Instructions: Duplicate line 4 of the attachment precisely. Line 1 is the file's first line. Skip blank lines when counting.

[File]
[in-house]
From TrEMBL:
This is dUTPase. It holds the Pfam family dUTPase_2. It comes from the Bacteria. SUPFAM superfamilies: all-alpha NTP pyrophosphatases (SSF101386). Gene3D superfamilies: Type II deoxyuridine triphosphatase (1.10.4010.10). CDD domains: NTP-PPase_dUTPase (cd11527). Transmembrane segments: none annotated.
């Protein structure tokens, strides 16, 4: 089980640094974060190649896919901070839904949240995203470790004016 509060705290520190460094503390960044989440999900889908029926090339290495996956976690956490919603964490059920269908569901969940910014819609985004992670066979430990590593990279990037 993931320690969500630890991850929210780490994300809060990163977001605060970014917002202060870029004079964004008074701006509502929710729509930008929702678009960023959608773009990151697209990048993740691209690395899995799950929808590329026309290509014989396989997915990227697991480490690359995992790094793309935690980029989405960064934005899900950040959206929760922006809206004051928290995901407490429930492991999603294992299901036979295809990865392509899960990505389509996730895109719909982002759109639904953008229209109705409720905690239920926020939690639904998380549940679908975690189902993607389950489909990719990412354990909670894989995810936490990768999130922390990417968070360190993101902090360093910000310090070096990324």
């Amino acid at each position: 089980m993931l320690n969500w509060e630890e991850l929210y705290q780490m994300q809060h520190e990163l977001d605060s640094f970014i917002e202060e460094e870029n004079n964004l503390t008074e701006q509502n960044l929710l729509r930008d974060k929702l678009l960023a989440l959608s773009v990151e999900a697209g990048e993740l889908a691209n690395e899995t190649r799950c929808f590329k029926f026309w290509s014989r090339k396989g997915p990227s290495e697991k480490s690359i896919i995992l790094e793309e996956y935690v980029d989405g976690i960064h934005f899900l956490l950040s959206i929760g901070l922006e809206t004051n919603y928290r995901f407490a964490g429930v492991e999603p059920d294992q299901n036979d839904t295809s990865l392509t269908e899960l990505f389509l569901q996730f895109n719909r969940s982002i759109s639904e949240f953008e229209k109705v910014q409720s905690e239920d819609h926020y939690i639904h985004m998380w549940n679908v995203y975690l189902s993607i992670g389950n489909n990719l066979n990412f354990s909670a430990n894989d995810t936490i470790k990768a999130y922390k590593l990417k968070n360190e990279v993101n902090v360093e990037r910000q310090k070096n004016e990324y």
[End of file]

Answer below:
């Protein structure tokens, strides 16, 4: 089980640094974060190649896919901070839904949240995203470790004016 509060705290520190460094503390960044989440999900889908029926090339290495996956976690956490919603964490059920269908569901969940910014819609985004992670066979430990590593990279990037 993931320690969500630890991850929210780490994300809060990163977001605060970014917002202060870029004079964004008074701006509502929710729509930008929702678009960023959608773009990151697209990048993740691209690395899995799950929808590329026309290509014989396989997915990227697991480490690359995992790094793309935690980029989405960064934005899900950040959206929760922006809206004051928290995901407490429930492991999603294992299901036979295809990865392509899960990505389509996730895109719909982002759109639904953008229209109705409720905690239920926020939690639904998380549940679908975690189902993607389950489909990719990412354990909670894989995810936490990768999130922390990417968070360190993101902090360093910000310090070096990324």